Date   

Re: If The Internet Went Down

Robin WA7CPA
 

This is why we need GO Boxes with radios. Not a reach. It is imaginable. We already lived without Internet, those of us old enough to remember.


If The Internet Went Down

Rowland
 

The following video about the internet going completely down is a bit of a reach but still food for thought.



Thanks,

Rowland


Re: Ham radio key to finding missing aircraft MH370

Paul Zoba, W7PEZ
 

This is very cool detective work using WSPR data. I’d like to understand how he did this better. Anyone find his call sign? 

Thanks Robin!

73,
Paul, W7PEZ 


On Feb 20, 2022, at 6:29 PM, Robin WA7CPA <wa7cpa@...> wrote:


International Radio Club reprints

Lou Giliberto (KD7HCW)
 

900+ articles from the International Radio Club are now available

https://swling.com/blog/2022/02/international-radio-clubs-reprints-collection-of-900-articles/


73
Lou

Sent from ProtonMail mobile



Ham radio key to finding missing aircraft MH370

Robin WA7CPA
 


Re: Car Accidents and Electrical Wires

Robin WA7CPA
 

Wow! Lifesaver!


On Sun, Feb 20, 2022, 3:29 PM Tom WA7TBP via groups.io <tomwa7tbp=aol.com@groups.io> wrote:
Rowland:
 
This is an excellent thing for all drivers and CERT's to look at. It was well done. Thanks for sharing.
 
Tom

In a message dated 2/19/2022 21:29:32 Pacific Standard Time, rowland.brasch@... writes:
 
I highly recommend watching this video on car accidents and power lines. If you remember, not to long ago, a local high school student was electrocuted when he stepped out of his car with power lines on it.


Re: Car Accidents and Electrical Wires

Tom WA7TBP
 

Rowland:
 
This is an excellent thing for all drivers and CERT's to look at. It was well done. Thanks for sharing.
 
Tom

In a message dated 2/19/2022 21:29:32 Pacific Standard Time, rowland.brasch@... writes:
 
I highly recommend watching this video on car accidents and power lines. If you remember, not to long ago, a local high school student was electrocuted when he stepped out of his car with power lines on it.


Car Accidents and Electrical Wires

Rowland
 

I highly recommend watching this video on car accidents and power lines. If you remember, not to long ago, a local high school student was electrocuted when he stepped out of his car with power lines on it.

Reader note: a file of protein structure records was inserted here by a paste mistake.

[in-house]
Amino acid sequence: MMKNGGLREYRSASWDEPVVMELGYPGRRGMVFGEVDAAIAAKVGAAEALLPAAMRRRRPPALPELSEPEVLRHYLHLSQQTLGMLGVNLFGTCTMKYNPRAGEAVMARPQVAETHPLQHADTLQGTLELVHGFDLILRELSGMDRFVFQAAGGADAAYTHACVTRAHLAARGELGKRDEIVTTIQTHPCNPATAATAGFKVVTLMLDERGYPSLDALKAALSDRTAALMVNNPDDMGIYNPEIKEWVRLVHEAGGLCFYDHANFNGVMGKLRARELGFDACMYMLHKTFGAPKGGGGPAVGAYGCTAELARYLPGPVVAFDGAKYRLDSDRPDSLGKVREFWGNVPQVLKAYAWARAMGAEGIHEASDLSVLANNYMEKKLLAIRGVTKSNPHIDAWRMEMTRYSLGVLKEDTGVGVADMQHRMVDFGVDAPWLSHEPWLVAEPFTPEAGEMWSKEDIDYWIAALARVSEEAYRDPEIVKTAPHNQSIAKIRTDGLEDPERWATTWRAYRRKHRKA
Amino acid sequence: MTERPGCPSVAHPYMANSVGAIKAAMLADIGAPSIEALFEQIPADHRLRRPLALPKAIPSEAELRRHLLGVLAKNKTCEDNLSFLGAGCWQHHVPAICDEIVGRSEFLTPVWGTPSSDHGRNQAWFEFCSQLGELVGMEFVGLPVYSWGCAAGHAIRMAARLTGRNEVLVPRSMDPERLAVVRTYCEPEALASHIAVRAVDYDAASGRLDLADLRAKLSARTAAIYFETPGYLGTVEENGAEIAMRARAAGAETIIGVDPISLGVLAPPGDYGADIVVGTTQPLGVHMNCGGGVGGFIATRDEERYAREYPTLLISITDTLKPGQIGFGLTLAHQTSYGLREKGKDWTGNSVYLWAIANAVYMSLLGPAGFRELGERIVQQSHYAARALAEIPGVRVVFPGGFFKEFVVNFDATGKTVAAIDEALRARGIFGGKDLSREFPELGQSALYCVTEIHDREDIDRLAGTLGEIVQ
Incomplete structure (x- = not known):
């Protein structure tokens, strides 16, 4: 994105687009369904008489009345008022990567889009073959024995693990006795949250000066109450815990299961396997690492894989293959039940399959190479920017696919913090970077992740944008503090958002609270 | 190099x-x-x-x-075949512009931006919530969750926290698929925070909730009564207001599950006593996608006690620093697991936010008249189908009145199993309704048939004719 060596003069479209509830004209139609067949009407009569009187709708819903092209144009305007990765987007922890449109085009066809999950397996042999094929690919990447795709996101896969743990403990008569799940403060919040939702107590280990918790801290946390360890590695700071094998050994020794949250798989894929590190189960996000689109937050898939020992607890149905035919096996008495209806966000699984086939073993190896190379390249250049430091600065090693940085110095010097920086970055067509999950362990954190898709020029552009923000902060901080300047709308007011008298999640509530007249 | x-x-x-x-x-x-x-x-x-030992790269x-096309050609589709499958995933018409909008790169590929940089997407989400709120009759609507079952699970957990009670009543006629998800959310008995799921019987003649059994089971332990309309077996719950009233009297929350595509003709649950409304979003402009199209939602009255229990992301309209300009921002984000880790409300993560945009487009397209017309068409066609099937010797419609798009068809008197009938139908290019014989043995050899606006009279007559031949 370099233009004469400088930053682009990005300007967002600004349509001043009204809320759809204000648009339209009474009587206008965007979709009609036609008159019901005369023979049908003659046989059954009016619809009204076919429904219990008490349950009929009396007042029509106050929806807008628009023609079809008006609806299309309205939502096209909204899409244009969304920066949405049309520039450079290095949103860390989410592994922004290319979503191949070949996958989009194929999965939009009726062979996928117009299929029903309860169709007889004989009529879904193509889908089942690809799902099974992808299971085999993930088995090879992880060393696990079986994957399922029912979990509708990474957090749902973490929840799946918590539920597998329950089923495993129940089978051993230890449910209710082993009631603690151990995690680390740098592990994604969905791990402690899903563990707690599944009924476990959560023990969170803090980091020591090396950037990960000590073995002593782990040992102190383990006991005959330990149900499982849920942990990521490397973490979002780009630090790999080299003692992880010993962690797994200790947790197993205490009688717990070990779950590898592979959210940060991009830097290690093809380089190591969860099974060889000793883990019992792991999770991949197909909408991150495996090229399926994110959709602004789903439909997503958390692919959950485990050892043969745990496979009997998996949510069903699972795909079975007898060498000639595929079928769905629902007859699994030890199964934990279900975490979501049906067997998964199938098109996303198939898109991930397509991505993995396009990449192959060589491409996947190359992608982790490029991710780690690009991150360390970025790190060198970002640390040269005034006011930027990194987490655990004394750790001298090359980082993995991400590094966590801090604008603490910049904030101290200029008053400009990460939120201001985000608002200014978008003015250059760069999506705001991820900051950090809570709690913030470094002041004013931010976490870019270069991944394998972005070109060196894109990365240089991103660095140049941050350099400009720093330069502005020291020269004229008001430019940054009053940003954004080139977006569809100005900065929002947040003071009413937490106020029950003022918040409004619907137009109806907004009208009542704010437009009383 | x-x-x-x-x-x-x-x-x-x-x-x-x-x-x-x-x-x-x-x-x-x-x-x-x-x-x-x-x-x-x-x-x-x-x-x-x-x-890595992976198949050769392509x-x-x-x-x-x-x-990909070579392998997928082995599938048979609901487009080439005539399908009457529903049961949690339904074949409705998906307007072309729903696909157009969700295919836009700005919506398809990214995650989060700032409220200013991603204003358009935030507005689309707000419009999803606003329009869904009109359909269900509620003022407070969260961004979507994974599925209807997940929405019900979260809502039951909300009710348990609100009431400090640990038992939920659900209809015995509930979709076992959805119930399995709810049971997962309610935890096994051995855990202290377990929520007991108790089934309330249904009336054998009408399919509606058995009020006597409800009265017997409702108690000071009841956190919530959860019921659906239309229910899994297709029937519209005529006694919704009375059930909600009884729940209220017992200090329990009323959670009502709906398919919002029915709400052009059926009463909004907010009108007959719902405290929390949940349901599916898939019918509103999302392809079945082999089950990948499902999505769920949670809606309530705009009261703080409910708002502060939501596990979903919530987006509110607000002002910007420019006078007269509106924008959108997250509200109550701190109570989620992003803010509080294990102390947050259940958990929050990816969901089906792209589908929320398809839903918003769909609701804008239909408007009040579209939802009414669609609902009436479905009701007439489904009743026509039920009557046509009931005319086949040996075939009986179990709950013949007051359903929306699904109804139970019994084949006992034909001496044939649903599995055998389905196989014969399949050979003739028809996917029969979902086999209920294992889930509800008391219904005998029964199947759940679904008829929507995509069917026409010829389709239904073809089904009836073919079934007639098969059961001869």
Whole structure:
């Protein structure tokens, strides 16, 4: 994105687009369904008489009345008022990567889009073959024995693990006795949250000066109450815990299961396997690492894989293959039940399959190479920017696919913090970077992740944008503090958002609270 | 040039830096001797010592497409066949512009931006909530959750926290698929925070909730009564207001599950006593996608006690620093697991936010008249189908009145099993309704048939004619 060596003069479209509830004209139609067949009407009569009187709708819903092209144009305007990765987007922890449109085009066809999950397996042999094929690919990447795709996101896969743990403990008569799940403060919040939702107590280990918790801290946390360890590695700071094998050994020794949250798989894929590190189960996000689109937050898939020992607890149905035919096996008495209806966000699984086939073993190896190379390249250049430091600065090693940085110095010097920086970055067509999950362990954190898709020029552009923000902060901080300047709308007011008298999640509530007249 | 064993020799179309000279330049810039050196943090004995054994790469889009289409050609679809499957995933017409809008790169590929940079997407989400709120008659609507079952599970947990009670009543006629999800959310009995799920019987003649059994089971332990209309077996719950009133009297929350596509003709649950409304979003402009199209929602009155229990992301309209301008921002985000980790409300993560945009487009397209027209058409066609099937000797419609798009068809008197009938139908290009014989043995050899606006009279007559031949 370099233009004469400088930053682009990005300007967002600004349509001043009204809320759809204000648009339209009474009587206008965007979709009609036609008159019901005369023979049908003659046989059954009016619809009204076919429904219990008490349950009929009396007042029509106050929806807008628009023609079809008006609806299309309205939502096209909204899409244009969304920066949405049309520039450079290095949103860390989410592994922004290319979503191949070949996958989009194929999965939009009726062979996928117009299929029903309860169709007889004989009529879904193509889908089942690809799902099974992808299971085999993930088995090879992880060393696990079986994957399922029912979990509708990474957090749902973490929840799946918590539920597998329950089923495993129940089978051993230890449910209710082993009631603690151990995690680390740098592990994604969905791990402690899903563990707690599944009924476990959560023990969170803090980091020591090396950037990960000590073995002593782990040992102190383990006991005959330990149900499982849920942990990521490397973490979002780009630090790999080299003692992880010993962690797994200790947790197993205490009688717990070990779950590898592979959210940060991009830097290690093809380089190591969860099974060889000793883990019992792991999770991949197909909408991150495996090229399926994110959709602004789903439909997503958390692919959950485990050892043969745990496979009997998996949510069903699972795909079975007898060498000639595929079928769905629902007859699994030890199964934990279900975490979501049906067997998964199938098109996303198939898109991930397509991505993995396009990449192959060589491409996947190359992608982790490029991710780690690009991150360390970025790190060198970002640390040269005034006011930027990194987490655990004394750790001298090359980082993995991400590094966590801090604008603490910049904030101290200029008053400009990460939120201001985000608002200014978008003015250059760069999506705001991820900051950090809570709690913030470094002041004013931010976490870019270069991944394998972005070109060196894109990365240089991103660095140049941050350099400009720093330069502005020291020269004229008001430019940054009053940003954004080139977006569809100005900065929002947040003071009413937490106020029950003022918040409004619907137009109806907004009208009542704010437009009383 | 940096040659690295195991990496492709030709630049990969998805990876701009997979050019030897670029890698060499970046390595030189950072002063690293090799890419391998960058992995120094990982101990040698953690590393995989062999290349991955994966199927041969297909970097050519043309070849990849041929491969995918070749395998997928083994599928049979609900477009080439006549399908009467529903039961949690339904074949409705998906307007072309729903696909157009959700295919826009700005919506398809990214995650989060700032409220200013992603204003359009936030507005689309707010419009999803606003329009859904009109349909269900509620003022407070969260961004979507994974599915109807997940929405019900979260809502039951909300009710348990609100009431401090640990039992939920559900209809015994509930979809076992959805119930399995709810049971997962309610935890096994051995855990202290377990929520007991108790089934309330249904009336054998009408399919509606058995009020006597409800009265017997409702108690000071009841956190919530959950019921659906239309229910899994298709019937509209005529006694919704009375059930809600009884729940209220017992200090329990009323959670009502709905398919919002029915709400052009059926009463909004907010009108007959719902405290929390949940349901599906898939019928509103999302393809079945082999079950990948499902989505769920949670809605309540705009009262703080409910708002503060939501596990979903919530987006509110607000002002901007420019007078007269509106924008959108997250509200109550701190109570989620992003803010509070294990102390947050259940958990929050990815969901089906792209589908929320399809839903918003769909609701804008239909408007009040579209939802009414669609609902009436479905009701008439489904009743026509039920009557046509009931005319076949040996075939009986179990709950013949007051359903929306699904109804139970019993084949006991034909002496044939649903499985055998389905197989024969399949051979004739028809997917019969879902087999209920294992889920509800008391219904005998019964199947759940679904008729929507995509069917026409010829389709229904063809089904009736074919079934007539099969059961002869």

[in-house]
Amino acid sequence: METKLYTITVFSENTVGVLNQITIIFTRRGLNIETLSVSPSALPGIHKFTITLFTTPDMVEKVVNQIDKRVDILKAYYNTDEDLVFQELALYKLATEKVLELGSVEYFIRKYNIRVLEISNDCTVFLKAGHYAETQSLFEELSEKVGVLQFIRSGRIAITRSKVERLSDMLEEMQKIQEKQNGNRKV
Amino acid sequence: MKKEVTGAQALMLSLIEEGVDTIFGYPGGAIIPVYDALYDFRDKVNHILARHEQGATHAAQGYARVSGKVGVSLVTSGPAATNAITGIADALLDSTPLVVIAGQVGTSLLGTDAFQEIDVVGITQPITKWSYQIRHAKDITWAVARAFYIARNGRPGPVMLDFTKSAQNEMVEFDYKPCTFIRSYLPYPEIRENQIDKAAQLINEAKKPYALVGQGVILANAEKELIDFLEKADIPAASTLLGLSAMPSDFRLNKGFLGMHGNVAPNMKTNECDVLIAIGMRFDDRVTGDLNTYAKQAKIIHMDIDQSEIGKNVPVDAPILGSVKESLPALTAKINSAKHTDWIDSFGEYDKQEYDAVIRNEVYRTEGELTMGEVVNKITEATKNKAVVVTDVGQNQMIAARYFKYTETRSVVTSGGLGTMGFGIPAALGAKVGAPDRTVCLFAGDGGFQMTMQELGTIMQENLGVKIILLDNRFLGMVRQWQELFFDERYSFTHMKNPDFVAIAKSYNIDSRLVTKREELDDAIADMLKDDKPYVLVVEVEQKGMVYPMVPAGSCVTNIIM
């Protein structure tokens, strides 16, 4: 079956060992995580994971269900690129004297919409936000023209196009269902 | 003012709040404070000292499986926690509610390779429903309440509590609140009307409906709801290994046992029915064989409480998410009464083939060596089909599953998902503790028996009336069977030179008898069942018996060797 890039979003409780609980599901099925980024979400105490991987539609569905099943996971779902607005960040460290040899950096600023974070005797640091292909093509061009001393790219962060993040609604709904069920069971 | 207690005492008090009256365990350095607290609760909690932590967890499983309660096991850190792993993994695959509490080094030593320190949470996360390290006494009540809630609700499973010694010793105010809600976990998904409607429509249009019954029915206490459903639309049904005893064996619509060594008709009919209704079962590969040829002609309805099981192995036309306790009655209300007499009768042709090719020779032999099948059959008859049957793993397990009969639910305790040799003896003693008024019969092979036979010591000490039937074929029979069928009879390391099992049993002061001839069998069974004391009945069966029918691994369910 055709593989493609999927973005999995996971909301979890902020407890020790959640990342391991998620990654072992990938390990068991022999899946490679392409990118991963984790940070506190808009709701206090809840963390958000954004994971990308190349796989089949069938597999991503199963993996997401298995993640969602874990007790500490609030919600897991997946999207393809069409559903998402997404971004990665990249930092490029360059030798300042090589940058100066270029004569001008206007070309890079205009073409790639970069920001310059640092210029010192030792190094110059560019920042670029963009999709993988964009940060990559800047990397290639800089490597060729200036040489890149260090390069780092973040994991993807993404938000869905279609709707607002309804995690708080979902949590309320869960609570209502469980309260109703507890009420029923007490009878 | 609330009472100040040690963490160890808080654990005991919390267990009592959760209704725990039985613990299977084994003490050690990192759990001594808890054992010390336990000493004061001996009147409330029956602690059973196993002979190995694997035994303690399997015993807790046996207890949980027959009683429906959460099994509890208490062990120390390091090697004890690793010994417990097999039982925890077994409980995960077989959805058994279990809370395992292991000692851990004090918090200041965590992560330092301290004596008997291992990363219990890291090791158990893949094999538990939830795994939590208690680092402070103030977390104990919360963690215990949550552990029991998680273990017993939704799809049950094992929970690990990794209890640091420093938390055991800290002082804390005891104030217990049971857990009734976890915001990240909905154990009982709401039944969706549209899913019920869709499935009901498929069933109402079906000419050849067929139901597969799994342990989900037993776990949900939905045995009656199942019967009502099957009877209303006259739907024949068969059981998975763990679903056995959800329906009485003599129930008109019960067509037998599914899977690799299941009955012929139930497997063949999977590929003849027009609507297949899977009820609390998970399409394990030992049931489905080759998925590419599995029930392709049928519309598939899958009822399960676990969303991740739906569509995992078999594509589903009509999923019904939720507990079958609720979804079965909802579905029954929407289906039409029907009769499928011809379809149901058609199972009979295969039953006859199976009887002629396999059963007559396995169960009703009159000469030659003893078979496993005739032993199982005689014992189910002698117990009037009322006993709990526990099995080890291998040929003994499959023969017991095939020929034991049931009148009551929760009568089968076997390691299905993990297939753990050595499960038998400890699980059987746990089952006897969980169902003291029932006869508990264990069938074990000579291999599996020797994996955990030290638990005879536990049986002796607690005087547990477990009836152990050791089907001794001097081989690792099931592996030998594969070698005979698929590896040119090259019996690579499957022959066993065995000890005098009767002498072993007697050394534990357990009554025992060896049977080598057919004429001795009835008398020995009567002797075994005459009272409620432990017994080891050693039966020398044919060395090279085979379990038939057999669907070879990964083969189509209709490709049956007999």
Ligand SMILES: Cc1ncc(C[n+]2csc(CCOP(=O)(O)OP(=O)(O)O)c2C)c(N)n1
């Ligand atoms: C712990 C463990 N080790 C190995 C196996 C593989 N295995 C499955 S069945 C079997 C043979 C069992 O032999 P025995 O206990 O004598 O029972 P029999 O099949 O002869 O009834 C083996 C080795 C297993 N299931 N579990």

Re: UV-5R SOTA in high levels of RF

Paul Zoba, W7PEZ
 

I’ve got 3 UV5s. I got the RT Systems for Baofeng and programmed them all up with my repeaters and all.  Ive stashed them in glove compartments of my wife and kids cars - for my use. My two vehicles have FTM400s installed and I have two FT5’s for if/when I leave the vehicle. Belt And Suspenders lol. It’s all fun!

73,
Paul, W7PEZ 


On Feb 19, 2022, at 3:27 PM, Dan Pflugrath <dpflugrath@...> wrote:

I have owned 4 UV-5R radios, gave away 2 still have 2 and also have an almost 10 watt TYT. which programs similar to the UV-5R.   All are still working well although the receivers in the UV-5Rs are not as sensitive as Yaesue's and Icom's.  The oldest I have lugged all over the mountains and other than the battery is downs .2 volts on a full charge is works like new.  The TYT I have has sensitivity close to that of the name brand radios and has been very reliability for SOTA. If you want to do SOTA with any handheld I recommend getting a half wave or 5/8 wave antenna over the 15 inch models.

As far as emergency communications I do not depend on them.  I carry a Zoleo PEB for emergencies which I highly recommend for all backwoods folks.  

73 Dan KA7GPP


Re: UV-5R SOTA in high levels of RF

Dan Pflugrath
 

I have owned 4 UV-5R radios, gave away 2 still have 2 and also have an almost 10 watt TYT. which programs similar to the UV-5R.   All are still working well although the receivers in the UV-5Rs are not as sensitive as Yaesue's and Icom's.  The oldest I have lugged all over the mountains and other than the battery is downs .2 volts on a full charge is works like new.  The TYT I have has sensitivity close to that of the name brand radios and has been very reliability for SOTA. If you want to do SOTA with any handheld I recommend getting a half wave or 5/8 wave antenna over the 15 inch models.

As far as emergency communications I do not depend on them.  I carry a Zoleo PEB for emergencies which I highly recommend for all backwoods folks.  

73 Dan KA7GPP


Re: UV-5R SOTA in high levels of RF

Jackson Beard
 

I've bricked four of those uv-5r radios in half a days use while hunting. I've only found one that still works. 

That pays for a decent FT60.

On Sat, Feb 19, 2022, 13:09 Ken Kosters <kenkosters@...> wrote: